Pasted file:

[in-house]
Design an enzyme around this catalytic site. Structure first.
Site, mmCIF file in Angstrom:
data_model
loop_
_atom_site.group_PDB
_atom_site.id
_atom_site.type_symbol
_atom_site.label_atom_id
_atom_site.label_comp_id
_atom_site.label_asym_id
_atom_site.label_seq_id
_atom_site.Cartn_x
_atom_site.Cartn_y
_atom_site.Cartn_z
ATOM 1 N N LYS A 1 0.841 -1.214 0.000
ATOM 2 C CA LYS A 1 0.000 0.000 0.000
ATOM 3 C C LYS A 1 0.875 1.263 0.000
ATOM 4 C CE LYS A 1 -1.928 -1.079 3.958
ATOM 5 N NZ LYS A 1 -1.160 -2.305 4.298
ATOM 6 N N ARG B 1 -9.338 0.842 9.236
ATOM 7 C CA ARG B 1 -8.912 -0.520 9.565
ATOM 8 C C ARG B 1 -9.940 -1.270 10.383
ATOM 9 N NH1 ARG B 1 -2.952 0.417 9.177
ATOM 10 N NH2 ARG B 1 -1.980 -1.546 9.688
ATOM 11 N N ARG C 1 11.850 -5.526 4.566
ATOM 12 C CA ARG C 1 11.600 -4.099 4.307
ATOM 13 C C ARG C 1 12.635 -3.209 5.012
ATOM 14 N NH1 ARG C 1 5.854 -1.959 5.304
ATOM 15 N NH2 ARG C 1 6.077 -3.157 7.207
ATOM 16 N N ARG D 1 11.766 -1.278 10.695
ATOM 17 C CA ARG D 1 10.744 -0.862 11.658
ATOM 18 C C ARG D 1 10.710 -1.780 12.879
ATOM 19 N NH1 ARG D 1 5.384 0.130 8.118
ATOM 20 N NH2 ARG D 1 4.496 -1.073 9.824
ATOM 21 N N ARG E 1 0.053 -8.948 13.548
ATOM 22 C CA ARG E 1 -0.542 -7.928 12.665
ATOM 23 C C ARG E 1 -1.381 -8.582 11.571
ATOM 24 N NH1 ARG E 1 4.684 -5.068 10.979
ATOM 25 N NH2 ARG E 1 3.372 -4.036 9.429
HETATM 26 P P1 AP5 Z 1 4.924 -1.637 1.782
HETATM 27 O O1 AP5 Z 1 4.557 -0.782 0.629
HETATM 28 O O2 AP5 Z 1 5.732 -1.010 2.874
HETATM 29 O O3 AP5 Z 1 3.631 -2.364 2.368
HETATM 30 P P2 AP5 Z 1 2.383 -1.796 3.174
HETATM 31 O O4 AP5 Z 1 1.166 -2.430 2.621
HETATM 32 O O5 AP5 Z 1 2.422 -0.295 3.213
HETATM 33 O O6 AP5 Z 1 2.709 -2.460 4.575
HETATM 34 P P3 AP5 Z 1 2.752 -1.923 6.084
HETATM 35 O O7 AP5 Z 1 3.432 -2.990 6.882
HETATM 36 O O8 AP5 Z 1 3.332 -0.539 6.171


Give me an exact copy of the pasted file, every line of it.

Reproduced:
[in-house]
Design an enzyme around this catalytic site. Structure first.
Site, mmCIF file in Angstrom:
data_model
loop_
_atom_site.group_PDB
_atom_site.id
_atom_site.type_symbol
_atom_site.label_atom_id
_atom_site.label_comp_id
_atom_site.label_asym_id
_atom_site.label_seq_id
_atom_site.Cartn_x
_atom_site.Cartn_y
_atom_site.Cartn_z
ATOM 1 N N LYS A 1 0.841 -1.214 0.000
ATOM 2 C CA LYS A 1 0.000 0.000 0.000
ATOM 3 C C LYS A 1 0.875 1.263 0.000
ATOM 4 C CE LYS A 1 -1.928 -1.079 3.958
ATOM 5 N NZ LYS A 1 -1.160 -2.305 4.298
ATOM 6 N N ARG B 1 -9.338 0.842 9.236
ATOM 7 C CA ARG B 1 -8.912 -0.520 9.565
ATOM 8 C C ARG B 1 -9.940 -1.270 10.383
ATOM 9 N NH1 ARG B 1 -2.952 0.417 9.177
ATOM 10 N NH2 ARG B 1 -1.980 -1.546 9.688
ATOM 11 N N ARG C 1 11.850 -5.526 4.566
ATOM 12 C CA ARG C 1 11.600 -4.099 4.307
ATOM 13 C C ARG C 1 12.635 -3.209 5.012
ATOM 14 N NH1 ARG C 1 5.854 -1.959 5.304
ATOM 15 N NH2 ARG C 1 6.077 -3.157 7.207
ATOM 16 N N ARG D 1 11.766 -1.278 10.695
ATOM 17 C CA ARG D 1 10.744 -0.862 11.658
ATOM 18 C C ARG D 1 10.710 -1.780 12.879
ATOM 19 N NH1 ARG D 1 5.384 0.130 8.118
ATOM 20 N NH2 ARG D 1 4.496 -1.073 9.824
ATOM 21 N N ARG E 1 0.053 -8.948 13.548
ATOM 22 C CA ARG E 1 -0.542 -7.928 12.665
ATOM 23 C C ARG E 1 -1.381 -8.582 11.571
ATOM 24 N NH1 ARG E 1 4.684 -5.068 10.979
ATOM 25 N NH2 ARG E 1 3.372 -4.036 9.429
HETATM 26 P P1 AP5 Z 1 4.924 -1.637 1.782
HETATM 27 O O1 AP5 Z 1 4.557 -0.782 0.629
HETATM 28 O O2 AP5 Z 1 5.732 -1.010 2.874
HETATM 29 O O3 AP5 Z 1 3.631 -2.364 2.368
HETATM 30 P P2 AP5 Z 1 2.383 -1.796 3.174
HETATM 31 O O4 AP5 Z 1 1.166 -2.430 2.621
HETATM 32 O O5 AP5 Z 1 2.422 -0.295 3.213
HETATM 33 O O6 AP5 Z 1 2.709 -2.460 4.575
HETATM 34 P P3 AP5 Z 1 2.752 -1.923 6.084
HETATM 35 O O7 AP5 Z 1 3.432 -2.990 6.882
HETATM 36 O O8 AP5 Z 1 3.332 -0.539 6.171